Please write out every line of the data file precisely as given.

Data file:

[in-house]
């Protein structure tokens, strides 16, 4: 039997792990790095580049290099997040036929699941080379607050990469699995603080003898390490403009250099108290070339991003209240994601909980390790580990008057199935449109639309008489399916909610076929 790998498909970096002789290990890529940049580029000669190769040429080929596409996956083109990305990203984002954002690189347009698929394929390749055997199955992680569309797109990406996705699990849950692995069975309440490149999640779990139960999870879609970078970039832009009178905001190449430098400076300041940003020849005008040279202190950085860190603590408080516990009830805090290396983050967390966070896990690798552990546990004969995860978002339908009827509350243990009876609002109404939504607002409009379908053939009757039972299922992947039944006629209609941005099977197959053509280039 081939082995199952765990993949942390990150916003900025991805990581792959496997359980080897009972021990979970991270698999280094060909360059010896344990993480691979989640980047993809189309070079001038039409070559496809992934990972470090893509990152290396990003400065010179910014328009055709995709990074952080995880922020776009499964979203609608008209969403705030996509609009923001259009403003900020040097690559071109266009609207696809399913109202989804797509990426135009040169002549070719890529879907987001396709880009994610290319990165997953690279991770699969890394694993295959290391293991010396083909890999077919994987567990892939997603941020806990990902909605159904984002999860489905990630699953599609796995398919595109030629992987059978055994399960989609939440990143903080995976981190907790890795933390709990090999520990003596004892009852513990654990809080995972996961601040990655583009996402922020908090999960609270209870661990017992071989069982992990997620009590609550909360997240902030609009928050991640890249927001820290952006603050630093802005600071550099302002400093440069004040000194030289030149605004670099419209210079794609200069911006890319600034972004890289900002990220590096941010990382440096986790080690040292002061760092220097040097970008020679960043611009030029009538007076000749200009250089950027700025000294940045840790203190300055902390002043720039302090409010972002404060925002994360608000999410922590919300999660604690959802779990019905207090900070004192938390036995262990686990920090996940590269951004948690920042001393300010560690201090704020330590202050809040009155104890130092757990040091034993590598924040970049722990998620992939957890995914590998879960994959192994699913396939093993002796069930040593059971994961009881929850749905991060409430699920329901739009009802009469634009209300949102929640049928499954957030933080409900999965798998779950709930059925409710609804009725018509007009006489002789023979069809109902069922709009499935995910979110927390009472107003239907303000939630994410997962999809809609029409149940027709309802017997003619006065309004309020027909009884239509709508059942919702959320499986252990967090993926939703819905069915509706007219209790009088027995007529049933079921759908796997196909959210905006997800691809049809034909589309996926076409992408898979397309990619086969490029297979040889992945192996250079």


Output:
[in-house]
């Protein structure tokens, strides 16, 4: 039997792990790095580049290099997040036929699941080379607050990469699995603080003898390490403009250099108290070339991003209240994601909980390790580990008057199935449109639309008489399916909610076929 790998498909970096002789290990890529940049580029000669190769040429080929596409996956083109990305990203984002954002690189347009698929394929390749055997199955992680569309797109990406996705699990849950692995069975309440490149999640779990139960999870879609970078970039832009009178905001190449430098400076300041940003020849005008040279202190950085860190603590408080516990009830805090290396983050967390966070896990690798552990546990004969995860978002339908009827509350243990009876609002109404939504607002409009379908053939009757039972299922992947039944006629209609941005099977197959053509280039 081939082995199952765990993949942390990150916003900025991805990581792959496997359980080897009972021990979970991270698999280094060909360059010896344990993480691979989640980047993809189309070079001038039409070559496809992934990972470090893509990152290396990003400065010179910014328009055709995709990074952080995880922020776009499964979203609608008209969403705030996509609009923001259009403003900020040097690559071109266009609207696809399913109202989804797509990426135009040169002549070719890529879907987001396709880009994610290319990165997953690279991770699969890394694993295959290391293991010396083909890999077919994987567990892939997603941020806990990902909605159904984002999860489905990630699953599609796995398919595109030629992987059978055994399960989609939440990143903080995976981190907790890795933390709990090999520990003596004892009852513990654990809080995972996961601040990655583009996402922020908090999960609270209870661990017992071989069982992990997620009590609550909360997240902030609009928050991640890249927001820290952006603050630093802005600071550099302002400093440069004040000194030289030149605004670099419209210079794609200069911006890319600034972004890289900002990220590096941010990382440096986790080690040292002061760092220097040097970008020679960043611009030029009538007076000749200009250089950027700025000294940045840790203190300055902390002043720039302090409010972002404060925002994360608000999410922590919300999660604690959802779990019905207090900070004192938390036995262990686990920090996940590269951004948690920042001393300010560690201090704020330590202050809040009155104890130092757990040091034993590598924040970049722990998620992939957890995914590998879960994959192994699913396939093993002796069930040593059971994961009881929850749905991060409430699920329901739009009802009469634009209300949102929640049928499954957030933080409900999965798998779950709930059925409710609804009725018509007009006489002789023979069809109902069922709009499935995910979110927390009472107003239907303000939630994410997962999809809609029409149940027709309802017997003619006065309004309020027909009884239509709508059942919702959320499986252990967090993926939703819905069915509706007219209790009088027995007529049933079921759908796997196909959210905006997800691809049809034909589309996926076409992408898979397309990619086969490029297979040889992945192996250079």